Pluto Essay by supercalifragilistic

This paper discusses why Pluto is no longer considered a planet.
# 98080 | 1,521 words | 4 sources | MLA | 2007 | US

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In this article, the writer discusses that in the not so distant past, schoolchildren all over the world learned that the planet farthest away from the sun in our solar system was Pluto. The writer relates that they learned mnemonic devices to remember the names of all nine planets, made models and mobiles, all with Pluto orbiting at the very end of their dioramas. The writer then describes that in August 2006, after many years of intense debate, astronomers declared that Pluto was officially not a planet. The writer maintains that perhaps the real question about the usefulness of the new definition of planet will not revolve around Pluto, however dearly the old model may still be cherished in our culture, but how the definition is useful in classifying new solar systems. The writer also points out that the question of roundness and what is meant by clearing one's orbit and other points of contention will continue to generate lively debate within the scientific community and in schools, whatever Pluto's official status.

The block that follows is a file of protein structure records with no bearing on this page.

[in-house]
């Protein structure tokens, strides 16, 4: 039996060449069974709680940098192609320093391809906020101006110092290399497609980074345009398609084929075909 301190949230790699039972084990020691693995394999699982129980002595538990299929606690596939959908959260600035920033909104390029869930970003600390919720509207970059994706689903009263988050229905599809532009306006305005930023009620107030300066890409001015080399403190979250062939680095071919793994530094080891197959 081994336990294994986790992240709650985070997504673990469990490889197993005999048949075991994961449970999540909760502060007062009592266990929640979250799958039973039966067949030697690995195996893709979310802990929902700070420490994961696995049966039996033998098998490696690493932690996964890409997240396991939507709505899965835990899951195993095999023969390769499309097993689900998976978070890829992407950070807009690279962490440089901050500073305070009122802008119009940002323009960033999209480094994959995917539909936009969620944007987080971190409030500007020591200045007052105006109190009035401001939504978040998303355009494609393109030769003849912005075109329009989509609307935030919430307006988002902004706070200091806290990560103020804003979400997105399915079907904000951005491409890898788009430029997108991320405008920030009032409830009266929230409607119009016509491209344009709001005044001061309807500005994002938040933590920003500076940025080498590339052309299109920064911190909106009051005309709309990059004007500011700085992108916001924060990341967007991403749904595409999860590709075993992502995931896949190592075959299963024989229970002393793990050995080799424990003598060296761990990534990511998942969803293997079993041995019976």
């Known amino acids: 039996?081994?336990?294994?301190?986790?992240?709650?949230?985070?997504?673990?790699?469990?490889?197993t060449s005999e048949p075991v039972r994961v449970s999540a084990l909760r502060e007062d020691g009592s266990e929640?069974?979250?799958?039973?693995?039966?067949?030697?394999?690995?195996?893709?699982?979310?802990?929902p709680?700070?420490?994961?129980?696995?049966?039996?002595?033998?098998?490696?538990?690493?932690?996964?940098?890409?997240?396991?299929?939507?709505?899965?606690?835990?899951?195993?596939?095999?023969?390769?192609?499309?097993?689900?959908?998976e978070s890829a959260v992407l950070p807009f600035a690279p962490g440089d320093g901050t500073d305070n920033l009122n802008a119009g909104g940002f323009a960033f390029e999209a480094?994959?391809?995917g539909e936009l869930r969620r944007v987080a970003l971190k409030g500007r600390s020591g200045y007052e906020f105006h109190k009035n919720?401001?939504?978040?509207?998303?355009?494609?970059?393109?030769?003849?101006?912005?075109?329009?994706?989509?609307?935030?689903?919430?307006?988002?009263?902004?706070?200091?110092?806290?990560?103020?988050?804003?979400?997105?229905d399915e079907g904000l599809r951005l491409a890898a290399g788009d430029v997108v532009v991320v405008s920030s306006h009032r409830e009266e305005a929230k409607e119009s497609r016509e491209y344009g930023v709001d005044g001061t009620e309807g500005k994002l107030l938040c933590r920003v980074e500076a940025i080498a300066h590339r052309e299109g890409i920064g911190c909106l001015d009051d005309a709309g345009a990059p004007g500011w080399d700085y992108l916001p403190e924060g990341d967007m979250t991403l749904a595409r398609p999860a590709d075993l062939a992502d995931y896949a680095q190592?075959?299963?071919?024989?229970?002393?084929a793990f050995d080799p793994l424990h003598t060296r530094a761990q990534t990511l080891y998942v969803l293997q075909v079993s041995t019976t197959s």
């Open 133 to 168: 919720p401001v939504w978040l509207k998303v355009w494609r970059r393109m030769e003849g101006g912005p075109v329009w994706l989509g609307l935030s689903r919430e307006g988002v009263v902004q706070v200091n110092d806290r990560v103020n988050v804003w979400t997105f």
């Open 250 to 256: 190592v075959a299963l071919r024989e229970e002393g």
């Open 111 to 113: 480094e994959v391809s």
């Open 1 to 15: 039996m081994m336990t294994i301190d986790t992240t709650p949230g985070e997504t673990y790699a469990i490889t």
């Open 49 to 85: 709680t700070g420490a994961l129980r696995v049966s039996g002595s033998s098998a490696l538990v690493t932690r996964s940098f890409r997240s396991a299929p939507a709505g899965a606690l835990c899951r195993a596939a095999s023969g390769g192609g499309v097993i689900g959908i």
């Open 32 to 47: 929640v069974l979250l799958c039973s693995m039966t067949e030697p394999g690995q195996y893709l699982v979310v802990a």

Sample of Sources Used:

  • Britt, Robert Roy. "Scientists decide Pluto's no longer a planet: Planet definition approved, but dissenters plan a counteroffensive." MSNBC. 26 Aug 2006. 11 Mar 2007.
  • Britt, Robert Roy. "Controversial New Definition." 16 Aug 2006. 11 Mar 2007.
  • Inman, Mason. "Pluto Not a Planet, Astronomers Rule." National Geographic News. 24 Aug 2006.
  • "Pluto no longer a Planet." World Science Homepage. 26 Aug 2006. 11 Mar 2007.

Cite this Essay:

APA Format

Pluto (2007, September 06) Retrieved July 05, 2020, from

MLA Format

"Pluto" 06 September 2007. Web. 05 July. 2020. <>